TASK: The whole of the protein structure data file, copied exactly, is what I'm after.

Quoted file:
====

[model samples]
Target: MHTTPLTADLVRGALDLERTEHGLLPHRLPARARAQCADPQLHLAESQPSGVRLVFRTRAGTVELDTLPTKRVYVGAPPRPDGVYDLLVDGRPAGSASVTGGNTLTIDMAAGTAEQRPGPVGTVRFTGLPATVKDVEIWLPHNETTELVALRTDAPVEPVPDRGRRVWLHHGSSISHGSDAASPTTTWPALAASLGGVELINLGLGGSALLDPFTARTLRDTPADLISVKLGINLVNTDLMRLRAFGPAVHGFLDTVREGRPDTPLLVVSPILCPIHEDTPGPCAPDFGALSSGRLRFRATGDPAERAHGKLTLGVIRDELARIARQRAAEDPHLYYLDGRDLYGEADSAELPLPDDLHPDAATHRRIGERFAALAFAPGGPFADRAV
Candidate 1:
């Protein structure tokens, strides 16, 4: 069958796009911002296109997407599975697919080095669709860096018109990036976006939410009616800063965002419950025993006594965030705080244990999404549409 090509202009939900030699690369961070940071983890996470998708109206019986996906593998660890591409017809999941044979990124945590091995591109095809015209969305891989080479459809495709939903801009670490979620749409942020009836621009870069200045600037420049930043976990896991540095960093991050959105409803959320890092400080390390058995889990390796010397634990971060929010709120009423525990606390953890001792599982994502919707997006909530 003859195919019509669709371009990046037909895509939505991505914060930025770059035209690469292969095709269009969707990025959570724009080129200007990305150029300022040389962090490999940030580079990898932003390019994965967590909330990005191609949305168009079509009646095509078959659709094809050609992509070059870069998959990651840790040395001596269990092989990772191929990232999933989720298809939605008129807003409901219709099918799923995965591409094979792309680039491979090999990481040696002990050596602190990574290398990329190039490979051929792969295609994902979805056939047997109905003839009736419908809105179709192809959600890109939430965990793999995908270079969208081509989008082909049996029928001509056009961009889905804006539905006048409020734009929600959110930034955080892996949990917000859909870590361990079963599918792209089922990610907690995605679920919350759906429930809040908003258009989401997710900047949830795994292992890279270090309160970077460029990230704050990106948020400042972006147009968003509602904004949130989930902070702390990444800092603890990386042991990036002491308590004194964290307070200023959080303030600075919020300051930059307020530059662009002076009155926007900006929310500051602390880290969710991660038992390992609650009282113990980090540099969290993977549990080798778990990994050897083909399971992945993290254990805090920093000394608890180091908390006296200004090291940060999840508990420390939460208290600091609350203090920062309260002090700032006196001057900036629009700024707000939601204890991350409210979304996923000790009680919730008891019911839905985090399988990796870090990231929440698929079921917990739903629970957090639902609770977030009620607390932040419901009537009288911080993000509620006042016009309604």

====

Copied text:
[model samples]
Target: MHTTPLTADLVRGALDLERTEHGLLPHRLPARARAQCADPQLHLAESQPSGVRLVFRTRAGTVELDTLPTKRVYVGAPPRPDGVYDLLVDGRPAGSASVTGGNTLTIDMAAGTAEQRPGPVGTVRFTGLPATVKDVEIWLPHNETTELVALRTDAPVEPVPDRGRRVWLHHGSSISHGSDAASPTTTWPALAASLGGVELINLGLGGSALLDPFTARTLRDTPADLISVKLGINLVNTDLMRLRAFGPAVHGFLDTVREGRPDTPLLVVSPILCPIHEDTPGPCAPDFGALSSGRLRFRATGDPAERAHGKLTLGVIRDELARIARQRAAEDPHLYYLDGRDLYGEADSAELPLPDDLHPDAATHRRIGERFAALAFAPGGPFADRAV
Candidate 1:
């Protein structure tokens, strides 16, 4: 069958796009911002296109997407599975697919080095669709860096018109990036976006939410009616800063965002419950025993006594965030705080244990999404549409 090509202009939900030699690369961070940071983890996470998708109206019986996906593998660890591409017809999941044979990124945590091995591109095809015209969305891989080479459809495709939903801009670490979620749409942020009836621009870069200045600037420049930043976990896991540095960093991050959105409803959320890092400080390390058995889990390796010397634990971060929010709120009423525990606390953890001792599982994502919707997006909530 003859195919019509669709371009990046037909895509939505991505914060930025770059035209690469292969095709269009969707990025959570724009080129200007990305150029300022040389962090490999940030580079990898932003390019994965967590909330990005191609949305168009079509009646095509078959659709094809050609992509070059870069998959990651840790040395001596269990092989990772191929990232999933989720298809939605008129807003409901219709099918799923995965591409094979792309680039491979090999990481040696002990050596602190990574290398990329190039490979051929792969295609994902979805056939047997109905003839009736419908809105179709192809959600890109939430965990793999995908270079969208081509989008082909049996029928001509056009961009889905804006539905006048409020734009929600959110930034955080892996949990917000859909870590361990079963599918792209089922990610907690995605679920919350759906429930809040908003258009989401997710900047949830795994292992890279270090309160970077460029990230704050990106948020400042972006147009968003509602904004949130989930902070702390990444800092603890990386042991990036002491308590004194964290307070200023959080303030600075919020300051930059307020530059662009002076009155926007900006929310500051602390880290969710991660038992390992609650009282113990980090540099969290993977549990080798778990990994050897083909399971992945993290254990805090920093000394608890180091908390006296200004090291940060999840508990420390939460208290600091609350203090920062309260002090700032006196001057900036629009700024707000939601204890991350409210979304996923000790009680919730008891019911839905985090399988990796870090990231929440698929079921917990739903629970957090639902609770977030009620607390932040419901009537009288911080993000509620006042016009309604």